"I earned $5,000 for the first BASS tournament I ever won," Houston said. "I finished 51st a few weeks ago and won $4,000 — and I was complaining. The reason I was complaining is because I missed 50th place by one ounce — and 50th place got $10,000.

"One of my buddies reminded me that it wasn't all that long ago that $4,000 was a real big check in a tournament. The sport has come a long way."

There are other areas of opportunity in the fishing industry other than tournaments, Houston added.

"The sport has got to the point where it employs thousands and thousands of people," he said. "You don't really have to be a tournament fisherman or a television host to make a living in this sport. I have a lot of friends who are doing promotions and marketing for various companies. It's just like other businesses today. A lot of jobs are created in social media."

Martin, 75, compiled a host of glittering tournament achievements. He qualified for a record 25 Bassmaster Classics and won 19 tournaments — second only to Kevin VanDam's 20 victories.

"I still fish some national tournaments, but not a lot of them," Martin said. "I've retired three different times, so there are some gaps. Jimmy started fishing national tournaments before I did. In fact, he was in the first BASS tournament I ever saw in 1967. I didn't fish in that one."

Although Roland's tournament activity has slowed, he still sets a frantic pace with his NBC Sports television show, personal appearances and wide business interests within the fishing industry.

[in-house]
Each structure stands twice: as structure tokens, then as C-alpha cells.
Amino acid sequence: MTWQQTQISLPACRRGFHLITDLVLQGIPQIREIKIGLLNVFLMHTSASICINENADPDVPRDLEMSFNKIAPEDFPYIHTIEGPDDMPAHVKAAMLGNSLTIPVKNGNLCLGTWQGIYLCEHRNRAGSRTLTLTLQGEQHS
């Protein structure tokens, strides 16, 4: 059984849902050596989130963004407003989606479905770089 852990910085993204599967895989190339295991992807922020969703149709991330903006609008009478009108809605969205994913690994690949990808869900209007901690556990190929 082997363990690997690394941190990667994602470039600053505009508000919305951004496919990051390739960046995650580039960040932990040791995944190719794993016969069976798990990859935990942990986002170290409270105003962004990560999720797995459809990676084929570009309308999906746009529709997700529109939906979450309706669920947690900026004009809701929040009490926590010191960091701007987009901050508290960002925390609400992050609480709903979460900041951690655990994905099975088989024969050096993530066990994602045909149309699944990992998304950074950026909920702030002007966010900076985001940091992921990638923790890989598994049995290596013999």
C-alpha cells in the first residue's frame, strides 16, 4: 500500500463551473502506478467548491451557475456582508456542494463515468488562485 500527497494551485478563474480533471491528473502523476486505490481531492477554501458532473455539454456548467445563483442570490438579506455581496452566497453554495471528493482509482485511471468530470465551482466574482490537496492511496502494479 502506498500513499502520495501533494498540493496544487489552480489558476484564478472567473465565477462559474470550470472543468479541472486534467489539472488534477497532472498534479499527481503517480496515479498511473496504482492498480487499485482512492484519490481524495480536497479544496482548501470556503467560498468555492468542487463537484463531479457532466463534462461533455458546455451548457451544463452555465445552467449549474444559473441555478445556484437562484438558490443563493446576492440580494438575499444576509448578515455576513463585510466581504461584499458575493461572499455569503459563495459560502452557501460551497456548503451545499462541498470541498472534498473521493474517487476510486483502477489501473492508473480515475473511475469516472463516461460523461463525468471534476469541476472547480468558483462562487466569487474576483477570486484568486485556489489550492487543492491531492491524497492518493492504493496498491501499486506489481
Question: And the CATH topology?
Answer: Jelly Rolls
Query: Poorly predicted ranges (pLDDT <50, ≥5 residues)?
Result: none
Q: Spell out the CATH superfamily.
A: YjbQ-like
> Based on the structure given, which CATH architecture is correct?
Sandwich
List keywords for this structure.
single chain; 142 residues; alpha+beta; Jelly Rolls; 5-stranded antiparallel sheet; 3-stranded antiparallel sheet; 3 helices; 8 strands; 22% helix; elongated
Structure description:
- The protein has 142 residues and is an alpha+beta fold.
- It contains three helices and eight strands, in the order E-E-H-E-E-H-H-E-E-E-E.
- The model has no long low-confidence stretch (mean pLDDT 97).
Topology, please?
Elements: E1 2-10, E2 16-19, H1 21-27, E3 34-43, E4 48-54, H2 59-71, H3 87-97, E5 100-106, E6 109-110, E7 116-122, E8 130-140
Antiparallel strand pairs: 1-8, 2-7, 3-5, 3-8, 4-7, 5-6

"I'm blessed with pretty good health," he said. "I work out, and my son (pro angler Scott Martin) calls me the Iron Man of the bass fishing tour. I push myself, and I still have the stamina and physical ability to do it."

Martin figures he will walk more than 100 miles to prepare himself for the upcoming spring turkey season. For him, hunting turkeys is a passion about as strong as fishing.

Still, fishing is the fiber of his life.

"I'm fishing the Southern Opens this year — the ones around Lake Okeechobee," Martin said. "I'm not winning them, but we've had some second-place finishes. I had one giant win on the lake last year. I had five bass that weighed 34.85 pounds — close to a 7-pound average. But that was a local tournament."

Houston stares down old age as well.

"It's to the point where you start to brag about your age," Jimmy said. "But I don't really think about it. I don't think Roland does, either. I still burn daylight to dark every day, all year long. We do 39 television shows a year. I do 100 personal appearances and fish a minimum of four FLW tournaments at the top level every year."

One topic of discussion that will surface when Houston is in the Goose Pit is football.

"I actually have a Nebraska Go Big Red bass hanging in my office," the Oklahoma angler said. "Tom Osborne presented it to me many years ago. It's about a 2 3/4-pound bass mounted on a piece of driftwood. A plaque on the bottom says: 'To Jimmy Houston, Nebraska Go Big Red Bass.'

"I told them that night on stage how much I appreciated that they gave me the Nebraska state-record bass. I thought everybody was going to throw rocks at me. But they know what a big Sooner I am. Oklahoma University is my school."

Houston noted that the OUNU football rivalry will resume again with games in 2021-22 and 2029-30.

"We're getting that rivalry renewed, and that's a good deal," he said. "I'm planning to live until I'm 95, so I've got another 24 years left. Those games aren't too far off." Contact the writer: 402-444-1201,


Thursday: 5 to 9 p.m. Friday: 2 to 9 p.m. Saturday: 9 a.m. to 9 p.m. Sunday: 9 a.m. to 5 p.m.

Tickets:$10; Students (18 and under) $5; children (5 and under) free